The wait hasn't disappointed researchers. W7-X director Thomas Klinger: "The machine operated immediately." "It's a friendly machine." It did everything we asked." Tokamaks are prone to "instabilities" (plasma bulging or wobbling) or strong "disruptions," sometimes associated to halted plasma flow. IPP theorist Sophia Henneberg believes stellarators don't employ plasma current, which "removes an entire branch" of instabilities.

In early stellarators, the magnetic field geometry drove slower particles to follow banana-shaped orbits until they collided with other particles and leaked energy. Gates believes W7-X's ability to suppress this effect implies its optimization works.

W7-X loses heat through different forms of turbulence, which push particles toward the wall. Theorists have only lately mastered simulating turbulence. W7-X's forthcoming campaign will test simulations and turbulence-fighting techniques.

A stellarator can run constantly, unlike a tokamak, which pulses. W7-X has run 100 seconds—long by tokamak standards—at low power. The device's uncooled microwave and particle heating systems only produced 11.5 megawatts. The update doubles heating power. High temperature, high plasma density, and extensive runs will test stellarators' fusion power potential. Klinger wants to heat ions to 50 million degrees Celsius for 100 seconds. That would make W7-X "a world-class machine," he argues. The team will push for 30 minutes. "We'll move step-by-step," he says.

W7-X's success has inspired VCs to finance entrepreneurs creating commercial stellarators. Startups must simplify magnet production.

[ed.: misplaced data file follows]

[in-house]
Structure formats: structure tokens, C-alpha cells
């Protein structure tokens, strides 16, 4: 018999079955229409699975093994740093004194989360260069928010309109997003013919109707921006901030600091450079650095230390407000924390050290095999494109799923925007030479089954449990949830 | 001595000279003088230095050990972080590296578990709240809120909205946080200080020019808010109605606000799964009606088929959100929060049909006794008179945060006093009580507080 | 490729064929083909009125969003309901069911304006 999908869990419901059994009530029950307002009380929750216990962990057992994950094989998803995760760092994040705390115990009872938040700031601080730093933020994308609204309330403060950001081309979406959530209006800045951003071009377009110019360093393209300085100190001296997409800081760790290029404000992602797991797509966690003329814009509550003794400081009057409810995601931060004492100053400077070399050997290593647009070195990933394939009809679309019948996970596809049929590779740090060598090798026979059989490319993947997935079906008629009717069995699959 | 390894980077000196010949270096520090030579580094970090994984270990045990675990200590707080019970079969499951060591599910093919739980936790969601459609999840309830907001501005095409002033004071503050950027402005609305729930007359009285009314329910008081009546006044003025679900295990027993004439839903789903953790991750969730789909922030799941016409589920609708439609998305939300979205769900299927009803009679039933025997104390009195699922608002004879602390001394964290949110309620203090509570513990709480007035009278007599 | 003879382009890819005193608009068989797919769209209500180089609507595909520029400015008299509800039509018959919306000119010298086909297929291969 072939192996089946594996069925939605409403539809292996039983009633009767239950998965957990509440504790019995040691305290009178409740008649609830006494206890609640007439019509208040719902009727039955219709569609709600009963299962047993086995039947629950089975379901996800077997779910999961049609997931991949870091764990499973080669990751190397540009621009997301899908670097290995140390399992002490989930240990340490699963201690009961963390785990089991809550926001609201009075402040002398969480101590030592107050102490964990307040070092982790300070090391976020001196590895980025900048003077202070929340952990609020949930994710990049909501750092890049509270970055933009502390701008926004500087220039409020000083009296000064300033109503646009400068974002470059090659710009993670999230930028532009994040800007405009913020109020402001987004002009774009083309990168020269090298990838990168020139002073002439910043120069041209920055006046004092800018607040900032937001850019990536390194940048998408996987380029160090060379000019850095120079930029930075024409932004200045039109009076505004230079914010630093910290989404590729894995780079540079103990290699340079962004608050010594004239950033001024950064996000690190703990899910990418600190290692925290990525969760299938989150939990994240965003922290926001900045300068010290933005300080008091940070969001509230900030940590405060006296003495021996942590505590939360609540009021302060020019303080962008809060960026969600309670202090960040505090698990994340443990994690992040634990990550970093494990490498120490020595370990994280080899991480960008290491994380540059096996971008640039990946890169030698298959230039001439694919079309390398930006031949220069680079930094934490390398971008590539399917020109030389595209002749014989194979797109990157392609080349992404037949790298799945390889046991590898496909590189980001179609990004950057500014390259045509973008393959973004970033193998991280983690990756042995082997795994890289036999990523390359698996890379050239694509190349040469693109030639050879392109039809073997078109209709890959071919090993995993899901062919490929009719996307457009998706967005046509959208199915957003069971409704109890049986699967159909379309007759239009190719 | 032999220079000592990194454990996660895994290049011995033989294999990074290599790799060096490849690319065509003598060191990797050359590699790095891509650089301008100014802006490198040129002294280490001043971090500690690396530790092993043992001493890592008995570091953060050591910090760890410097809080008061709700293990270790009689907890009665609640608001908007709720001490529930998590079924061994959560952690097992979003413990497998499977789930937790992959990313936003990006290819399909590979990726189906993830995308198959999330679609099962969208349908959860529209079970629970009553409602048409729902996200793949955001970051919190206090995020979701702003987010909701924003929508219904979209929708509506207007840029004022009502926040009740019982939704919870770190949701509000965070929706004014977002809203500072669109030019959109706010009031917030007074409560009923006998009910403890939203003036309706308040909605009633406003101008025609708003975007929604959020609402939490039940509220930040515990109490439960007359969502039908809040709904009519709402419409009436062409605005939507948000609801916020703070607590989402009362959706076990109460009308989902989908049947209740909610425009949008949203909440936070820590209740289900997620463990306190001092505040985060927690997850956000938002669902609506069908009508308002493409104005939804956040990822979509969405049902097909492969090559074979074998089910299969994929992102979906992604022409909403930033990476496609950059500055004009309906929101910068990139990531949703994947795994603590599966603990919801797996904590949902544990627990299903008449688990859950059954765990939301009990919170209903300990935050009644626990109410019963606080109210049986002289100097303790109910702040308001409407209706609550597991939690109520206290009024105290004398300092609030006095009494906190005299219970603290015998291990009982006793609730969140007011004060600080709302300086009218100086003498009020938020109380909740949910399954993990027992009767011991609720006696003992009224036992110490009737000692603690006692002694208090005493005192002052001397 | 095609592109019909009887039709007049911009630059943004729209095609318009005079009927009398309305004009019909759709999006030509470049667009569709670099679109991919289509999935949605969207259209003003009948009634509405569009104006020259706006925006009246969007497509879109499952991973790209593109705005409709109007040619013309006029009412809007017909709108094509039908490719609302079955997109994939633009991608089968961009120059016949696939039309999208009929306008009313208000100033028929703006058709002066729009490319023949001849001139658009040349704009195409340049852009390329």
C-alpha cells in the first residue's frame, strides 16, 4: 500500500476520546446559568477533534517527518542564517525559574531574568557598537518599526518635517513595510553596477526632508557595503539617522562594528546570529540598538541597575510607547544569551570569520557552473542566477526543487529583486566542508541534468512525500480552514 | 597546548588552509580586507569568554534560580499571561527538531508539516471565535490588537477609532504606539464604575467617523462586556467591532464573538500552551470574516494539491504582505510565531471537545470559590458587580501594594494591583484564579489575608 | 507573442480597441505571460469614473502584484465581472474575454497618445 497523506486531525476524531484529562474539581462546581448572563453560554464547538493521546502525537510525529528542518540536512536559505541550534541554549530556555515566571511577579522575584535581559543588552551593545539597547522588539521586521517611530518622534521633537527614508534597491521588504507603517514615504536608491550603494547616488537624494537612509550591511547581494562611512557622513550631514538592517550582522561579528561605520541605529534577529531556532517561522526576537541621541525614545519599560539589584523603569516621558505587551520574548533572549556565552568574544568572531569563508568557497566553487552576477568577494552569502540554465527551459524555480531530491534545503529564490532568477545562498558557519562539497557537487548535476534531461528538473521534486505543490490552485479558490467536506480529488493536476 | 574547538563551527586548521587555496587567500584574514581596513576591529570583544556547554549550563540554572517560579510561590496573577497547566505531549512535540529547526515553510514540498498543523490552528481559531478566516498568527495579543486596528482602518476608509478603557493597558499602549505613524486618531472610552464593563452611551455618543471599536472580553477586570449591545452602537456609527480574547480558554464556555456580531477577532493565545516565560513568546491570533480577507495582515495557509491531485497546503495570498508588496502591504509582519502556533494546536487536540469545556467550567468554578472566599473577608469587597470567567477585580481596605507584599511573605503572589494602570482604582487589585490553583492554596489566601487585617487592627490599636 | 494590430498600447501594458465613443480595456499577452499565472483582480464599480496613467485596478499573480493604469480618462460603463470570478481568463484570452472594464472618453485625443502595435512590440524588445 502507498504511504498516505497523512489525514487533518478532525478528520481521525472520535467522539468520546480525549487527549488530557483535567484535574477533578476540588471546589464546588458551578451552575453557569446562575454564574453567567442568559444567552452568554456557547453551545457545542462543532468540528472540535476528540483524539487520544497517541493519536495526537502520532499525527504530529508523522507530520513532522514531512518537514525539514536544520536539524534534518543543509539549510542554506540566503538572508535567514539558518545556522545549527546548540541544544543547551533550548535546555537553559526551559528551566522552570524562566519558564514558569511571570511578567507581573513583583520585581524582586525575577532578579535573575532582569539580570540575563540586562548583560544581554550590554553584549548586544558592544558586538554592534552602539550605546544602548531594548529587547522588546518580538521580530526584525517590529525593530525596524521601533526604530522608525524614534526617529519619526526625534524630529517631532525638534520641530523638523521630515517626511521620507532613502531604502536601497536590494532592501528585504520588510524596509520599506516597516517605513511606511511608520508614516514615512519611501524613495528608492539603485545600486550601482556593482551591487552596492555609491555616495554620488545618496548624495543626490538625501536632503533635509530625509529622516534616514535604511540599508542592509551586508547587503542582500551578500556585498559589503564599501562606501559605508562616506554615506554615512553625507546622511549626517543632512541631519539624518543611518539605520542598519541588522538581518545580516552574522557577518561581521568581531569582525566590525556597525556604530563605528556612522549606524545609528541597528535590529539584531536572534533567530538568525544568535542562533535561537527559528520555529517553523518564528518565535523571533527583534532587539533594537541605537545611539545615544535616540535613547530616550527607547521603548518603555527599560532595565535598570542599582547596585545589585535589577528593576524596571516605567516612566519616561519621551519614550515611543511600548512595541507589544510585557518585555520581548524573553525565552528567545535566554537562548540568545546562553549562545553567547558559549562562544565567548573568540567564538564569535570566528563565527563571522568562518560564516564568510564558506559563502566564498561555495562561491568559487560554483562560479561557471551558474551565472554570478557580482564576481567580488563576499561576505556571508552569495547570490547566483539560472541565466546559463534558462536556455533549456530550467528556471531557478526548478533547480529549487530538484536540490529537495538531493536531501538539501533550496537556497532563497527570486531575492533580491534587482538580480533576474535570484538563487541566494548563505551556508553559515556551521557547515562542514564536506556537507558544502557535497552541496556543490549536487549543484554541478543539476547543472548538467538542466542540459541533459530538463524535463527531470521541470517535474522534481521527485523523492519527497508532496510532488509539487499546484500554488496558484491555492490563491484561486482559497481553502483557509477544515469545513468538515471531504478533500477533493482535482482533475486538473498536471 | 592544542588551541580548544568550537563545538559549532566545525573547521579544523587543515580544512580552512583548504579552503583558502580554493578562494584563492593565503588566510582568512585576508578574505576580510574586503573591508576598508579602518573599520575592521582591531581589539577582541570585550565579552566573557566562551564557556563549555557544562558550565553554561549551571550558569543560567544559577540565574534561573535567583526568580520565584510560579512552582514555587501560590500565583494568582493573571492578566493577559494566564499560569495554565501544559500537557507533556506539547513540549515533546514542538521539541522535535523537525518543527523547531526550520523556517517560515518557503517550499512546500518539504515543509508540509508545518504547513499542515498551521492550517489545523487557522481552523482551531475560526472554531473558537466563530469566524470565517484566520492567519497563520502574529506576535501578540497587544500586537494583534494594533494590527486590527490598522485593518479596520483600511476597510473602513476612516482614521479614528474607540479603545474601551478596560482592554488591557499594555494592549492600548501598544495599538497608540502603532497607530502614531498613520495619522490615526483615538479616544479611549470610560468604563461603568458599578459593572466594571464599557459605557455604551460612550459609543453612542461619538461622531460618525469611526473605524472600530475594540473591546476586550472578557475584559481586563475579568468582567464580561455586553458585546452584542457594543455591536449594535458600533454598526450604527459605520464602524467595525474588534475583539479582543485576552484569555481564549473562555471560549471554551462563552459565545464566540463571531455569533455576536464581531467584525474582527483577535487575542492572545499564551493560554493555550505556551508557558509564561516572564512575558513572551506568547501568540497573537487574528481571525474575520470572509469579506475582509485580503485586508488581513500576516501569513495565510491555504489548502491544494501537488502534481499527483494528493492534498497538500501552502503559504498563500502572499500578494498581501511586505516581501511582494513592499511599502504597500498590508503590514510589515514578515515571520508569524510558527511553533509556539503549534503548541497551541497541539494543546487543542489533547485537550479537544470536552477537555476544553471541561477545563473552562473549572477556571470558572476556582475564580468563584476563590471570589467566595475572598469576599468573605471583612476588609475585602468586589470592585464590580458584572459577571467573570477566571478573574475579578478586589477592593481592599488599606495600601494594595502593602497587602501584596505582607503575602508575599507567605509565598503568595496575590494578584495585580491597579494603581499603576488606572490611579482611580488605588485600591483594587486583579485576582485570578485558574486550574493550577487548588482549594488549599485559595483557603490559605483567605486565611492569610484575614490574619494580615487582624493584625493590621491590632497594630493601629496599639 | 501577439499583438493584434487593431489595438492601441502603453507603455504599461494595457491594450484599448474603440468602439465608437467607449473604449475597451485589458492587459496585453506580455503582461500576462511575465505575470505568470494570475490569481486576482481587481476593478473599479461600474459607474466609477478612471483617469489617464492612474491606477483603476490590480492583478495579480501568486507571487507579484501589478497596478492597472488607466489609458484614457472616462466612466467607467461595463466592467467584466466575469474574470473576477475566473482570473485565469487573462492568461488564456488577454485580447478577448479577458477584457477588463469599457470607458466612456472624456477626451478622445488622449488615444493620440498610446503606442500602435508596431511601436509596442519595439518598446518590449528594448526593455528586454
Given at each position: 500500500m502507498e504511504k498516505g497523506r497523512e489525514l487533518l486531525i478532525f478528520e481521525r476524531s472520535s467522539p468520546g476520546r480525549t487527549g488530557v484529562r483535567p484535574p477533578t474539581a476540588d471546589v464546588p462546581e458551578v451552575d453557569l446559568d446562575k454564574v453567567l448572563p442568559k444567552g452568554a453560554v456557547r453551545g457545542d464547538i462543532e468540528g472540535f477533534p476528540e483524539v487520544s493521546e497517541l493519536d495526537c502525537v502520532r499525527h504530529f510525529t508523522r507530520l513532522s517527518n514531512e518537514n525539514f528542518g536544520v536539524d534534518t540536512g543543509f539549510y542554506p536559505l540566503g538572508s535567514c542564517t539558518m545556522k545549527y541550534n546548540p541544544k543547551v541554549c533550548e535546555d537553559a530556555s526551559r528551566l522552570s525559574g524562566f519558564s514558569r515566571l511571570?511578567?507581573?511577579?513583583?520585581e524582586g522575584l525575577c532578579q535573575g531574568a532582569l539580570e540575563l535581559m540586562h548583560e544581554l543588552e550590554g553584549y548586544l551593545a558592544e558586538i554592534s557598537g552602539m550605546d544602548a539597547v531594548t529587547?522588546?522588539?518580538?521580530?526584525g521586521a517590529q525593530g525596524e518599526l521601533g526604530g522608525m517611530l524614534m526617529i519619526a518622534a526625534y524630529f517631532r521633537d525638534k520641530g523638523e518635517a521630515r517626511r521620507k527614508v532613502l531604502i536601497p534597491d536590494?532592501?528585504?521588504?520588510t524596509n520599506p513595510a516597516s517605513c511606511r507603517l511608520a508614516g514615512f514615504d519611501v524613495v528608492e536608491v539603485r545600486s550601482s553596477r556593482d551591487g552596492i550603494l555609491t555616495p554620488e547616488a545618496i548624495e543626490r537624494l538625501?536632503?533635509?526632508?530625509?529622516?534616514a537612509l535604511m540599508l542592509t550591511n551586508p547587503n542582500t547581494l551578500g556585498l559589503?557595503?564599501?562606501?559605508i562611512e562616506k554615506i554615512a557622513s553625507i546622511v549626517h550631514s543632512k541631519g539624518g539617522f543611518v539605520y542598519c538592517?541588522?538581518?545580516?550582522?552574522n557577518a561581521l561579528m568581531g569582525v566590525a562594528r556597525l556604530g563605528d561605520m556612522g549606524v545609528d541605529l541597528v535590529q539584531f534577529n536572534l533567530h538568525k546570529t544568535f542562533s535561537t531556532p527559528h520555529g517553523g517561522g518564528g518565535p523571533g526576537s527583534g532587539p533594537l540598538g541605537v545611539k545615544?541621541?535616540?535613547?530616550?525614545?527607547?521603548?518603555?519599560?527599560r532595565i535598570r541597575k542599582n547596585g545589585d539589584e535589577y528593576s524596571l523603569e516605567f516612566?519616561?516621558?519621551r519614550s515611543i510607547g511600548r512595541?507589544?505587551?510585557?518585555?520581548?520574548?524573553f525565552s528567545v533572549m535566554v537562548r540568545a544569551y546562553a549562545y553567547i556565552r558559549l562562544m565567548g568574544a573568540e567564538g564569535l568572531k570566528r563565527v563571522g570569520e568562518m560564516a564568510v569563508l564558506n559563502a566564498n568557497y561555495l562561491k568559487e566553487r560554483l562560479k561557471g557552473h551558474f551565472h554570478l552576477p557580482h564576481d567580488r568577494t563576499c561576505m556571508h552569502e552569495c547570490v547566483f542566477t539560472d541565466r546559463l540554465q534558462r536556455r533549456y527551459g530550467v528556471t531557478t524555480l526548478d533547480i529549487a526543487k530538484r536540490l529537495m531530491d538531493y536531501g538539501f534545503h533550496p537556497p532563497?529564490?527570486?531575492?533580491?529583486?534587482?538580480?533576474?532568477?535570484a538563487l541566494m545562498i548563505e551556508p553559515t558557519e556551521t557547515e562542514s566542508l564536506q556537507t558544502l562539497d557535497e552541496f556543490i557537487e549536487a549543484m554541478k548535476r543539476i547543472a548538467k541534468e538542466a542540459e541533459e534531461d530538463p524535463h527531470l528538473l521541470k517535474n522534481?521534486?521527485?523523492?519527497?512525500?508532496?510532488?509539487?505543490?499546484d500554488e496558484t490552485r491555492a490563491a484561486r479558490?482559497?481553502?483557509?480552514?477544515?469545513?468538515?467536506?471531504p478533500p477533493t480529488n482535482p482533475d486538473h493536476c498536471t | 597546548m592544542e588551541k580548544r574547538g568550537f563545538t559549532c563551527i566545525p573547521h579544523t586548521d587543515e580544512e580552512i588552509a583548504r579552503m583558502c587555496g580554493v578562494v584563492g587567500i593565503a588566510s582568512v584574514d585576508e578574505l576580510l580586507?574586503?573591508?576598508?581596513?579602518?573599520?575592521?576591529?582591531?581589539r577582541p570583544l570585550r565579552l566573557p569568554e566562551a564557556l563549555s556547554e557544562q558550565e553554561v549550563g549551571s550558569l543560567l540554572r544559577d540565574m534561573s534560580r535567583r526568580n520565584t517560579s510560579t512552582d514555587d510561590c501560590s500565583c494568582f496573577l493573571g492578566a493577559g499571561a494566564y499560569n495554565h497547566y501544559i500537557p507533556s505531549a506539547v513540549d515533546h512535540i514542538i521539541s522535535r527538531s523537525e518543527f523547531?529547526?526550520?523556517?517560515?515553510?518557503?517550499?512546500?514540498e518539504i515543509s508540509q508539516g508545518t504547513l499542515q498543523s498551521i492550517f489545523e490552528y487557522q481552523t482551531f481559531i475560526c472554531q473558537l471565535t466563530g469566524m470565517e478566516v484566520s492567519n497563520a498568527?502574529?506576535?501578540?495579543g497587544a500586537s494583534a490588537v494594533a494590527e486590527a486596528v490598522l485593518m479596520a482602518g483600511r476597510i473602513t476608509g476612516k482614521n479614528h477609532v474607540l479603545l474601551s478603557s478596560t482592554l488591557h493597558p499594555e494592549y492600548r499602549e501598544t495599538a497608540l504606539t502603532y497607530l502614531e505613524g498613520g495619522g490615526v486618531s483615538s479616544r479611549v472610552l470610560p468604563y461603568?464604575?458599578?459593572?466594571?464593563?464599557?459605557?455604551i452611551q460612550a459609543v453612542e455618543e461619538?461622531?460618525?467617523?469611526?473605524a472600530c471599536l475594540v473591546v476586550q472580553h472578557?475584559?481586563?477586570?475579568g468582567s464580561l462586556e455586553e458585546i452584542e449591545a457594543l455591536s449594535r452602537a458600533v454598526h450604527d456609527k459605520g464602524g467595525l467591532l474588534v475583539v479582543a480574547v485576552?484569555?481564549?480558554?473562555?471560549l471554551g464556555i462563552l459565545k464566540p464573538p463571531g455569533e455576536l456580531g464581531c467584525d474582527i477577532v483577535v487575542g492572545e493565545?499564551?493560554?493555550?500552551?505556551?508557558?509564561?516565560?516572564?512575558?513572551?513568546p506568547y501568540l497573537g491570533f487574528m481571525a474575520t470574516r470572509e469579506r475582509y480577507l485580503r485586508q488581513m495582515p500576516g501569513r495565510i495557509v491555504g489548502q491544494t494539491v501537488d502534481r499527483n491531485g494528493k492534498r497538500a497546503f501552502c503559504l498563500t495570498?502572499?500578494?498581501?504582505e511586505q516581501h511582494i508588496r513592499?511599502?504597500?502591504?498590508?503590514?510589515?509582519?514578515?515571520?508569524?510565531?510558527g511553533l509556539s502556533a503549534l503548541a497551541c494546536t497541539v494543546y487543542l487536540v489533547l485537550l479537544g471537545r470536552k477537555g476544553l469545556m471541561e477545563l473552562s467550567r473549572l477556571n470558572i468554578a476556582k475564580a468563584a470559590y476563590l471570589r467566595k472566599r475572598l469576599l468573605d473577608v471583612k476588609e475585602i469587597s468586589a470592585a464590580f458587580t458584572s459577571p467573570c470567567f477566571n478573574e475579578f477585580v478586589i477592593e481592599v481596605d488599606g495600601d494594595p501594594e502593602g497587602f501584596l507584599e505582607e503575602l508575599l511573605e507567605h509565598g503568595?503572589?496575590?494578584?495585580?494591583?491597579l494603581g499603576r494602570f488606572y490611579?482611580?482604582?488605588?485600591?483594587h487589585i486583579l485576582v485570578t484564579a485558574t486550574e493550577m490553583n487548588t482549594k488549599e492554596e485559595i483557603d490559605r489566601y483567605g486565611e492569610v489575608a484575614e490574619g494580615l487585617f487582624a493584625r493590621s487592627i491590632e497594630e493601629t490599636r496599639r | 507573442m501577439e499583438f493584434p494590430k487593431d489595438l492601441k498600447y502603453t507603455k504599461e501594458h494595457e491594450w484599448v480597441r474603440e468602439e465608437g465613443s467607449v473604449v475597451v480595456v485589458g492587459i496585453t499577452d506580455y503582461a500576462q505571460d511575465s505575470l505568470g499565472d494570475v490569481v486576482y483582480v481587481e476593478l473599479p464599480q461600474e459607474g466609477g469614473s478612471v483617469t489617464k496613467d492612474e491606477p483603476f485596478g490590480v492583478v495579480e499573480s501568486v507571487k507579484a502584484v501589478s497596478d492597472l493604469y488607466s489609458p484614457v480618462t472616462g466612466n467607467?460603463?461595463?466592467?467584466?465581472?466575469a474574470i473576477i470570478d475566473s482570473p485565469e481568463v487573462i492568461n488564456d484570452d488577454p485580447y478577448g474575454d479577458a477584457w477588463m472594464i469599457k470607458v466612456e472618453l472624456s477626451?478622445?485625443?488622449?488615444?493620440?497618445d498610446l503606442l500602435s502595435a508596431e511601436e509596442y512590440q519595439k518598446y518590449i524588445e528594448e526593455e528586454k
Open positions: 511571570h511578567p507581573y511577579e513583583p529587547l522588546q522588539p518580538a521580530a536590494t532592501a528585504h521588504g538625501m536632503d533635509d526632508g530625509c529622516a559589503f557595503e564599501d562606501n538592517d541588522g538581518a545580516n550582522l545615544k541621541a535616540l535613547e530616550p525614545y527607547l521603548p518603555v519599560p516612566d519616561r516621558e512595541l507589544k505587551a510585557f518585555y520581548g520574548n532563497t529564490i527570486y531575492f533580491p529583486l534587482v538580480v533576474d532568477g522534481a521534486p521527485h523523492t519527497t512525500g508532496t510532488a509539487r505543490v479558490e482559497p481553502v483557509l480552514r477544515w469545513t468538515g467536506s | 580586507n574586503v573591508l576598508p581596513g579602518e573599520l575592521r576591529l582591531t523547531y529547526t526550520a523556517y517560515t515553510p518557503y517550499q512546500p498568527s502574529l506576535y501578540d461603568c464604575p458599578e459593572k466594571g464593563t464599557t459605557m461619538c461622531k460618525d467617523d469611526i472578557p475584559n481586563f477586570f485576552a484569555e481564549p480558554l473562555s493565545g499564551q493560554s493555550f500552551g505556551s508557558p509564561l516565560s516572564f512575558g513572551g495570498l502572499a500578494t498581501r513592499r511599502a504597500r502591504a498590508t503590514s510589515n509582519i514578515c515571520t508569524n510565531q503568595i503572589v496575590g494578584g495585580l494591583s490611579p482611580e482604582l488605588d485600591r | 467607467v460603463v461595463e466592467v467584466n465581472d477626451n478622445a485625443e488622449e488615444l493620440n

Princeton Stellarators, created by Gates and colleagues this year, has $3 million to build a prototype reactor without W7-X's twisted magnet coils. Instead, it will use a mosaic of 1000 HTS square coils on the plasma vessel's outside. By adjusting each coil's magnetic field, operators can change the applied field's form. Gates: "It moves coil complexity to the control system." The company intends to construct a reactor that can fuse cheap, abundant deuterium to produce neutrons for radioisotopes. If successful, the company will build a reactor.

Renaissance Fusion, situated in Grenoble, France, raised €16 million and wants to coat plasma vessel segments in HTS. Using a laser, engineers will burn off superconductor tracks to carve magnet coils. They want to build a meter-long test segment in 2 years and a full prototype by 2027.

Type One Energy in Madison, Wisconsin, won DOE money to bend HTS cables for stellarator magnets. The business carved twisting grooves in metal with computer-controlled etching equipment to coil cables. David Anderson of the University of Wisconsin, Madison, claims advanced manufacturing technology enables the stellarator.

Anderson said W7-X's next phase will boost stellarator work. “Half-hour discharges are steady-state,” he says. “This is a big deal.”

Laura Sanders

Laura Sanders

1 year ago

Xenobots, tiny living machines, can duplicate themselves.

Strange and complex behavior of frog cell blobs


A xenobot “parent,” shaped like a hungry Pac-Man (shown in red false color), created an “offspring” xenobot (green sphere) by gathering loose frog cells in its opening.